It’s true that raising interest rates can help to shrink inflation, but it does that by deliberately slowing down the economy. That’s why so many experts are warning of a pending recession – not because of anything inevitable, but because the Federal Reserve is deliberately steering us towards a recession in the hopes that a slower economy would mean lower inflation.
This is clearly a complicated trade-off, especially considering that the workers already suffering the most from inflation will be the first to lose their jobs or have their wages cut during a recession. So raising interest rates may limit inflation, but it does that through mechanisms that may make things worse for the average American.
(To read more on how raising interest rates is bad for American families, click here)
How We Should be Fighting Inflation
Raising interest rates may be the textbook solution to inflation, but it’s not the only one out there. If rising prices are largely caused by corporate greed, then cracking down on corporate price-gouging would go a long way toward helping lower everyday prices for working Americans without pushing the economy into a recession and driving millions into unemployment.
Democrats in Congress have already proposed a number of bills to do exactly that. One of the most important, a windfall corporate profits tax, would go a long way towards tackling one of the leading causes of inflation and send a message to corporations trying to exploit the American public.
Rep. Ro Khanna’s Big Oil Windfall Profits Tax is an example of how a windfall tax would work in practice. This bill would require large oil companies to pay a tax on half the difference between their current and their pre-pandemic average price. This would still allow major oil companies to make billions in profits, but they would be taxed a significant amount on the additional profits they’re making above pre-pandemic levels, disincentivizing them from raising prices any higher.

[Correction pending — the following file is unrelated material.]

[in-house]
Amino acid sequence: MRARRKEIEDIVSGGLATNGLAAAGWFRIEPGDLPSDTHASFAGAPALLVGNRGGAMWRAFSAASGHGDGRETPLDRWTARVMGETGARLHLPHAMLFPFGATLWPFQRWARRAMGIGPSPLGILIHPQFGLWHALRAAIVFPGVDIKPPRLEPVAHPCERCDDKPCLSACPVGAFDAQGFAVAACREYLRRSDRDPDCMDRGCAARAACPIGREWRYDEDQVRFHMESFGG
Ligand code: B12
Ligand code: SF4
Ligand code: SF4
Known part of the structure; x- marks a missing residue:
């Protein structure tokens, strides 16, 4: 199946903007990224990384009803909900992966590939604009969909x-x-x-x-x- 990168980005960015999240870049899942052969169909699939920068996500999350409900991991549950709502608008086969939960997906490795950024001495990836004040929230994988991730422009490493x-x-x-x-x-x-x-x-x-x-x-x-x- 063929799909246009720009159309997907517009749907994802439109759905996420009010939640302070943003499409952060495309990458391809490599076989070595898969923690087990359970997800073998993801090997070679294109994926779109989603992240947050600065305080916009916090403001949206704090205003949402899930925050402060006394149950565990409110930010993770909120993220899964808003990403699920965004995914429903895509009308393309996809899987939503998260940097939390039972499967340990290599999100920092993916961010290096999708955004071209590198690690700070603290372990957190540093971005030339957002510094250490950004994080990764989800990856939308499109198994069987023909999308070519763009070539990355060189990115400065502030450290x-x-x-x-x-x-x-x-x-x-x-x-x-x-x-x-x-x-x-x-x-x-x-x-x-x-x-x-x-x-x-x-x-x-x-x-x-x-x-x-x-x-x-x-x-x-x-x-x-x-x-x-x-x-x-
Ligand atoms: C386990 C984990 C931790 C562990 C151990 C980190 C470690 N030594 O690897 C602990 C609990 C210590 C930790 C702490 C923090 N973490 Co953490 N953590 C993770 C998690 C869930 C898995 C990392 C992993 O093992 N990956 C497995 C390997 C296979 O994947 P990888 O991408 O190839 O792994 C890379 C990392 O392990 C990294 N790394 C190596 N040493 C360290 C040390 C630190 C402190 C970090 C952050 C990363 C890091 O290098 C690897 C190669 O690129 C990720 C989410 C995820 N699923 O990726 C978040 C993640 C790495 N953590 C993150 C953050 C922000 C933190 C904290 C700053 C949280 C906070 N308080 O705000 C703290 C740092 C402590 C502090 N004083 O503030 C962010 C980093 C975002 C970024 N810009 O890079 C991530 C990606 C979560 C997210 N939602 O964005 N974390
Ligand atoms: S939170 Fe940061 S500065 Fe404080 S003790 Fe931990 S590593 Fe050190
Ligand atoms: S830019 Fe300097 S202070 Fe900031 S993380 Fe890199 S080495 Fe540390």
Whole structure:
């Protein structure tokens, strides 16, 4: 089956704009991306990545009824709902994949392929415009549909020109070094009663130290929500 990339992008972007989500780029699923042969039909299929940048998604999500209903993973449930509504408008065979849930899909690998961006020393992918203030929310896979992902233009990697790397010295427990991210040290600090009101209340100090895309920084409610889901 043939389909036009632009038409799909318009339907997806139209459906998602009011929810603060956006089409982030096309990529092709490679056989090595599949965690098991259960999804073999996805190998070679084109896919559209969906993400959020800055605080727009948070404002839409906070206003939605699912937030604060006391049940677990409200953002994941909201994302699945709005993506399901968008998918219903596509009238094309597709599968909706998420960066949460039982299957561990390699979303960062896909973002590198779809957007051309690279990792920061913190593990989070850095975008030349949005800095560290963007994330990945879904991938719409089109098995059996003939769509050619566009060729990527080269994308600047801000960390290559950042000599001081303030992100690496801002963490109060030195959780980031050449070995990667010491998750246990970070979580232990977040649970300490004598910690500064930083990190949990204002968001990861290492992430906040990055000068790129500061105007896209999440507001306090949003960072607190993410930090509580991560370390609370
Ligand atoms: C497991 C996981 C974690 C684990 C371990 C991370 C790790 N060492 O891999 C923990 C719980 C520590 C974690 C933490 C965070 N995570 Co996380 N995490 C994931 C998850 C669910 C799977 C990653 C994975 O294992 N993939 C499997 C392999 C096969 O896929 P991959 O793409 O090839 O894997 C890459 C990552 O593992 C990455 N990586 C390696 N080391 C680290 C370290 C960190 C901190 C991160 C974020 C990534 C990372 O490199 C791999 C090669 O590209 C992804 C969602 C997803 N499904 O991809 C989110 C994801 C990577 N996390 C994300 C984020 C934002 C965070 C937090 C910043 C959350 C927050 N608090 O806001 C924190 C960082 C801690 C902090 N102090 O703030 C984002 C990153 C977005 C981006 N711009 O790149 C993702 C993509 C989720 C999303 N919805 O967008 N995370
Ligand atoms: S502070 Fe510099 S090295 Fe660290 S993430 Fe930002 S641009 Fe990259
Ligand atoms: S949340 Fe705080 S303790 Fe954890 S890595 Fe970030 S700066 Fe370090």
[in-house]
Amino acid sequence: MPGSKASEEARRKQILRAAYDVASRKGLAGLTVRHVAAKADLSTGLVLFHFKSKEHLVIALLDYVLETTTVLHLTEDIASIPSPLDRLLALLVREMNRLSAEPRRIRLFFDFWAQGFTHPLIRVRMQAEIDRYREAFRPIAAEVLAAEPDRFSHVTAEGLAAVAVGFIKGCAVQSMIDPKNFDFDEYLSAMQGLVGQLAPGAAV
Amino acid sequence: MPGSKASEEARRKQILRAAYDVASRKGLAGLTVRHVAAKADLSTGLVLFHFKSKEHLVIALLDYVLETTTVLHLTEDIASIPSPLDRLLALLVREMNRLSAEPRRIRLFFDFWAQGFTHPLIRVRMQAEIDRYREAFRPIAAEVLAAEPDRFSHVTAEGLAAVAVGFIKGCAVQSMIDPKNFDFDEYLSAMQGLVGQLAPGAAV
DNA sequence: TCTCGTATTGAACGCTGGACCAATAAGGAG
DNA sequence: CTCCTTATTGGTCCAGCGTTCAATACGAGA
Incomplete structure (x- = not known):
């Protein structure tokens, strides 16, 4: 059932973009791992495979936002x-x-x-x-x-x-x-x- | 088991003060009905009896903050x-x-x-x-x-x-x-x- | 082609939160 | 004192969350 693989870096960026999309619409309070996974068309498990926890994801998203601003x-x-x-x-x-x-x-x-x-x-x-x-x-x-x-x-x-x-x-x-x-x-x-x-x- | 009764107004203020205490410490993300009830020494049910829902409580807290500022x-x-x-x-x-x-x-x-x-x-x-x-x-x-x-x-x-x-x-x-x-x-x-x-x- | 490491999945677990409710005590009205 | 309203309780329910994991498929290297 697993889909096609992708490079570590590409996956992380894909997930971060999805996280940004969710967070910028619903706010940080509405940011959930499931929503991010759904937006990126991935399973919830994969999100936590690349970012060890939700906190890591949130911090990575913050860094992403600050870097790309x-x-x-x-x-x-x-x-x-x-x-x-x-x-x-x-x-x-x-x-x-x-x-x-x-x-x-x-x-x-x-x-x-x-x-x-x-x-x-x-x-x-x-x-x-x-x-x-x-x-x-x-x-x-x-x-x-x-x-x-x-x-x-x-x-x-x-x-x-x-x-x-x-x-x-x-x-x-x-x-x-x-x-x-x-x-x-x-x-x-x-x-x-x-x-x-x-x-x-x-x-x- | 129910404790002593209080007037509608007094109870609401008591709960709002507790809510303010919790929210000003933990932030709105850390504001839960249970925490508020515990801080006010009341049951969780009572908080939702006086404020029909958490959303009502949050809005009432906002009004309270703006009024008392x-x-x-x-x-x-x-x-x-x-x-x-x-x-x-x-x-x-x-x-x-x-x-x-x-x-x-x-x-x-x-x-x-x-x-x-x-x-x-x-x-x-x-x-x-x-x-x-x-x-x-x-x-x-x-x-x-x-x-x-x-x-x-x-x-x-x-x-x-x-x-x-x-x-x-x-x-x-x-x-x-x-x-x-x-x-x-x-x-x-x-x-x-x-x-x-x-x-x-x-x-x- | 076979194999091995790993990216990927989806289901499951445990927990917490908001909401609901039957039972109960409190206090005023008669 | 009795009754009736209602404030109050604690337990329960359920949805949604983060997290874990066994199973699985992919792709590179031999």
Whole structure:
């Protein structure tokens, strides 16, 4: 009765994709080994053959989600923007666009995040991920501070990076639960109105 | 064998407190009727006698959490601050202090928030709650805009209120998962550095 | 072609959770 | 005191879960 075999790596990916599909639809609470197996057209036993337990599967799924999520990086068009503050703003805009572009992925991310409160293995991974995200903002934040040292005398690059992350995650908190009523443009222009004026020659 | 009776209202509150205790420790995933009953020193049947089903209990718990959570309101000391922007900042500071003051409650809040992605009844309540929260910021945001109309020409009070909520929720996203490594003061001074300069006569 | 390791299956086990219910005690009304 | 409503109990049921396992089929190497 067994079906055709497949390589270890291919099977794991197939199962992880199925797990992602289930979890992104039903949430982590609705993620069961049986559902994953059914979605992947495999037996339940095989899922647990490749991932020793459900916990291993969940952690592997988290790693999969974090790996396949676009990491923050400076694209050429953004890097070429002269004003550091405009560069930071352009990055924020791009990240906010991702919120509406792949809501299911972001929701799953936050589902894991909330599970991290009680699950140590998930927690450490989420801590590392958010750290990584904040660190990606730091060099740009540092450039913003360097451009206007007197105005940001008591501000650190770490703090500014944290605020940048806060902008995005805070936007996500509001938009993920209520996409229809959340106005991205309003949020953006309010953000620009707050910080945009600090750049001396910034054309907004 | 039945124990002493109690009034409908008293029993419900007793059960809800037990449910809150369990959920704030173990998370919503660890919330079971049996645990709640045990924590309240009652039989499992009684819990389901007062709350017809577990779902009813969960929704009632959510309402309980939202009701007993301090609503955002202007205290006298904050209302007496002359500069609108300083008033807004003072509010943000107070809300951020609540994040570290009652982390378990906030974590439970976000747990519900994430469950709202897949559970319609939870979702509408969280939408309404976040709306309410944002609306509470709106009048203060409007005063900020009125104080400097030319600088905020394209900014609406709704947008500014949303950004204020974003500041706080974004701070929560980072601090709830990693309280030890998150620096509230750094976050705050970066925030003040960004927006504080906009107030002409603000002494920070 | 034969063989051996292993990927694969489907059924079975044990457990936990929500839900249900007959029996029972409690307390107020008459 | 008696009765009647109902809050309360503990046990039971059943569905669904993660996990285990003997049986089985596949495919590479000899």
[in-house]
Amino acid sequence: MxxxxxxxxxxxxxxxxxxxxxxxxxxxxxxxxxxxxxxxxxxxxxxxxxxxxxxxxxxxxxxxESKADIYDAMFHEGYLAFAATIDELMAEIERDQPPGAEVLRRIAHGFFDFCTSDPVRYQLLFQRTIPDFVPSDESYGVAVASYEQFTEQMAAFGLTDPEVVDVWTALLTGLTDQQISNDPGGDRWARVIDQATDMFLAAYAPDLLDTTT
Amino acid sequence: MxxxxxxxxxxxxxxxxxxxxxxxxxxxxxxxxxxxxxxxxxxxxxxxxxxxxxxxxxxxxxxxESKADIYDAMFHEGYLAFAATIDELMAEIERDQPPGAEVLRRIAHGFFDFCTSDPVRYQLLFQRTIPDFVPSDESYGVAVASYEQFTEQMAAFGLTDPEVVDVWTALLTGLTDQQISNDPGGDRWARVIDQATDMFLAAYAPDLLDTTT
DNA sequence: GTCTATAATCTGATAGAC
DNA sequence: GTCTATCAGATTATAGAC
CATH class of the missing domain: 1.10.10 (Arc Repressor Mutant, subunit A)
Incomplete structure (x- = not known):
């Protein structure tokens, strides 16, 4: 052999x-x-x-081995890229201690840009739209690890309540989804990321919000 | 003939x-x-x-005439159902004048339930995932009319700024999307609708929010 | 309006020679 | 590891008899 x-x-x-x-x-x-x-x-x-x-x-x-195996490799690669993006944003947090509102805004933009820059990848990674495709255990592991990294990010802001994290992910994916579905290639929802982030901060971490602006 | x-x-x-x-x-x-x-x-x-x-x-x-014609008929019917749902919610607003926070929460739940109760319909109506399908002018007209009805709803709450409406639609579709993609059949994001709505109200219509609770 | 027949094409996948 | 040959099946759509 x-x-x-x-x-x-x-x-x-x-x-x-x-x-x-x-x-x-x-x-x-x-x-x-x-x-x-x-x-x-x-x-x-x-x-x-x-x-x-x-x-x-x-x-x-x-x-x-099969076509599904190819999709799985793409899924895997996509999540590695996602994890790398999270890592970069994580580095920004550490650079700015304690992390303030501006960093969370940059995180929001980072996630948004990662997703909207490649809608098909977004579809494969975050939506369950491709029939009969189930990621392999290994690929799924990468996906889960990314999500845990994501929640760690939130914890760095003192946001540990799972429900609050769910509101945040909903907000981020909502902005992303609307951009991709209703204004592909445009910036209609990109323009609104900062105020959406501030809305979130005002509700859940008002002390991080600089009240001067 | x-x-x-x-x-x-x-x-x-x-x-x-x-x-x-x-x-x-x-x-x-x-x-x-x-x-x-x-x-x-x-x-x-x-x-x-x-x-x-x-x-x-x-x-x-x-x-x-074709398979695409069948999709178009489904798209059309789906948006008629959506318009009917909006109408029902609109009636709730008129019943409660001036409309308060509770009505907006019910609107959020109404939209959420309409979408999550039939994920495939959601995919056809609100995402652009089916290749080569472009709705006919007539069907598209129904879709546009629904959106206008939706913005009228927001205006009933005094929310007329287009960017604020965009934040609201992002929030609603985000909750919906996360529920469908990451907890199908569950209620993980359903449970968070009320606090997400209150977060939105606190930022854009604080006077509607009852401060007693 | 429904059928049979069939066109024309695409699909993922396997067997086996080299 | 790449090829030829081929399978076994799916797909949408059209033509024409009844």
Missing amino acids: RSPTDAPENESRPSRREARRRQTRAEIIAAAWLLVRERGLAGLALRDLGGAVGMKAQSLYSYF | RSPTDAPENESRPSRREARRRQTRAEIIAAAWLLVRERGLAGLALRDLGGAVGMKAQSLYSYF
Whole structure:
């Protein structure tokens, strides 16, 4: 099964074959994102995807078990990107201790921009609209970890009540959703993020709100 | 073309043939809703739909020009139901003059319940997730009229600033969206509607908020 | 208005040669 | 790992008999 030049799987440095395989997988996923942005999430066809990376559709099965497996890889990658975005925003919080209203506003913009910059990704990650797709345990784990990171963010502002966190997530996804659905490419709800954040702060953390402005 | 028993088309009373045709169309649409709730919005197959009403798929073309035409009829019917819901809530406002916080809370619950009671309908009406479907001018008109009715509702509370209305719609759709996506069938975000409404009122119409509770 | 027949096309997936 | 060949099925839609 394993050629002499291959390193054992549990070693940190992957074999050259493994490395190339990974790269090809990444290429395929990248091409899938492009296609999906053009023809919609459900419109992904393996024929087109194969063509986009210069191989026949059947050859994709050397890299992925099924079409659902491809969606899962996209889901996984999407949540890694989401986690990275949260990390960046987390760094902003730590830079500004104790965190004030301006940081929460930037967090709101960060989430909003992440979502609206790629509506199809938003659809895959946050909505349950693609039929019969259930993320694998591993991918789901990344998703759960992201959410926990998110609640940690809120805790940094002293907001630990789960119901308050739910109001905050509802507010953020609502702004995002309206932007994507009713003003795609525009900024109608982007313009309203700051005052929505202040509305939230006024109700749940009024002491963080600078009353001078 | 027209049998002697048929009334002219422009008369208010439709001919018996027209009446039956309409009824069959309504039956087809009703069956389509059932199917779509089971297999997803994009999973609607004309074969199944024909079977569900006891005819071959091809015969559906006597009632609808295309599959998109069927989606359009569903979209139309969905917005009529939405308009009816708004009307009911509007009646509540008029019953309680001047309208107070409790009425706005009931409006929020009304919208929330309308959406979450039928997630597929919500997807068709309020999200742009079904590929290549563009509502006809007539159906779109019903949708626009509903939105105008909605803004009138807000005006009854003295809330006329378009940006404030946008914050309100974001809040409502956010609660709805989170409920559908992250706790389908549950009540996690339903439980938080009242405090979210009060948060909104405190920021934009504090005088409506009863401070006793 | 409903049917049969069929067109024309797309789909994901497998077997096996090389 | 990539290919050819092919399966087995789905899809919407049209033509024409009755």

If you ignore corporate greed completely and look at inflation at a more basic level as a case of “too many dollars and too few goods,” the solution would be to reduce the overall amount of money circulating in the economy. We could do that by pushing the entire economy into a recession and hurting millions of Americans, or we could do it without causing any real pain for anyone by taxing the rich through proposals like Congressmen Cohen and Beyer’s Billionaire Minimum Income Tax or the End the Bracket Racket Act. This may not be the most efficient way to solve inflation, but it should certainly be considered as a way to help solve the crisis without doing any actual harm to anyone.
Even more fundamentally, we should be directly helping the poorest Americans afford a rapidly rising cost of living by increasing the minimum wage. With prices rising, minimum-wage workers have been hit harder than anyone. A federal minimum wage of just $7.25 an hour was too low back in 2009 when it was last raised, but the fact that it’s stagnated for thirteen years makes it even more inadequate.
This has always been an important fight, but inflation makes it more urgent than ever. The minimum wage is losing more purchasing power by the day, leaving low-wage workers to fall further and further behind.
We as a nation have a responsibility to ensure all Americans are fairly compensated for their work, but instead, we have allowed millions to fall into abject poverty even as they work full-time jobs. It’s unacceptable, and time for a change.
Background Reading and Resources